Warriors of the Queen
Fighting Generals of the Victorian Age
by William Wright
The History Press (www.thehistorypress.co.uk )
RRP GBP £25
The vast majority of the men who commanded the British Army during the small wars of the Victorian era are pretty much forgotten. Only a few such as Cardigan, Kitchener, Baden-Powell and Gordon of Khartoum are popularly known and the vast majority in the modern world are “unknowns”.
This volume seeks to present the histories of these senior military commanders. Overall they were a disparate and fascinating assemblage. They included true military geniuses as well as egoists, fools and despots. “Warriors of the Queen” surveys 170 of these key leaders and it presents an analysis of their individual careers and personalities.
Within the volume the lives of many of the great military leaders of the time are examined and so too are those for whom history has overlooked. For example “James ‘Buster’ Browne” who fought a battle in his nightclothes and the veteran of three South African Wars called “Jack Bisset” who was only 24 year’s old at the time.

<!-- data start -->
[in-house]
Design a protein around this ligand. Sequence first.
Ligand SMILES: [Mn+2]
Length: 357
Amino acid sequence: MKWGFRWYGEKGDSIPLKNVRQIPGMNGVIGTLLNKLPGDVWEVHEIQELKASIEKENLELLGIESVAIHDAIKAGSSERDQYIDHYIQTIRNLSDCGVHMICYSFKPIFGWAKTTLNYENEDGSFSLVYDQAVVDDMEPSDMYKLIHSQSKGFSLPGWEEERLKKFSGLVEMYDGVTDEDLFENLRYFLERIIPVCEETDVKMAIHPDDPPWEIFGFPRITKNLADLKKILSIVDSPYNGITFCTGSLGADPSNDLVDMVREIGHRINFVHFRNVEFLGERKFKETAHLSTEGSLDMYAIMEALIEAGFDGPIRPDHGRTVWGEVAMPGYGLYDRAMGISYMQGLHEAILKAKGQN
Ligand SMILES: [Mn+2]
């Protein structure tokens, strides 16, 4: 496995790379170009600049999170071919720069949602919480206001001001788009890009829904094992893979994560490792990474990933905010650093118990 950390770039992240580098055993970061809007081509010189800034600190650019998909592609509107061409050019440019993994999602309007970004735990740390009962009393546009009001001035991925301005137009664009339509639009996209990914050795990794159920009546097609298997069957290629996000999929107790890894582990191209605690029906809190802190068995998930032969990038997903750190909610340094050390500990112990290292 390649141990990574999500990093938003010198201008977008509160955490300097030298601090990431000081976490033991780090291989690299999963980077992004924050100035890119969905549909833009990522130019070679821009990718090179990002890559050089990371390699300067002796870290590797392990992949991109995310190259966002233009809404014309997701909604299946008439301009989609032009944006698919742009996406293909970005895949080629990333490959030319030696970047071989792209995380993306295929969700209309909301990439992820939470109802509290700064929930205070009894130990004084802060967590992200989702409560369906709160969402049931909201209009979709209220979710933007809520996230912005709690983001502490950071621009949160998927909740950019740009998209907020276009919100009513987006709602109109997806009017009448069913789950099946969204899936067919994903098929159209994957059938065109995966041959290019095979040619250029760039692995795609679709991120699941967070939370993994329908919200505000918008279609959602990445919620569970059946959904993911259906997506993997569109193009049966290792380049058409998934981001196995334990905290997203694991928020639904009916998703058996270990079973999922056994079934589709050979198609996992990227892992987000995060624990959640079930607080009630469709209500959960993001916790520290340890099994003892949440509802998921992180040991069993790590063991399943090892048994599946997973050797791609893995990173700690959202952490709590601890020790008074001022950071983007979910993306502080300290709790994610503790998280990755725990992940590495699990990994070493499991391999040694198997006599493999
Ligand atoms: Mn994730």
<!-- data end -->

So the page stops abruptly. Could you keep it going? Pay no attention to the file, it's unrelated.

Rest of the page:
The author has devoted slightly less than 300 pages to narratives on the military leaders of the period. My only criticism of the book is that he does not present a list of the men on whom there are narratives. An index or list would have been better than the current situation. However, he has listed the leaders in alphabetical order so this in some ways can negate the reason for an index of leaders.
The book excels at its objective – to provide a narrative on the military leaders of the time - and it is very well composed. If you are seeking background data on these key personalities then this book should be your first choice.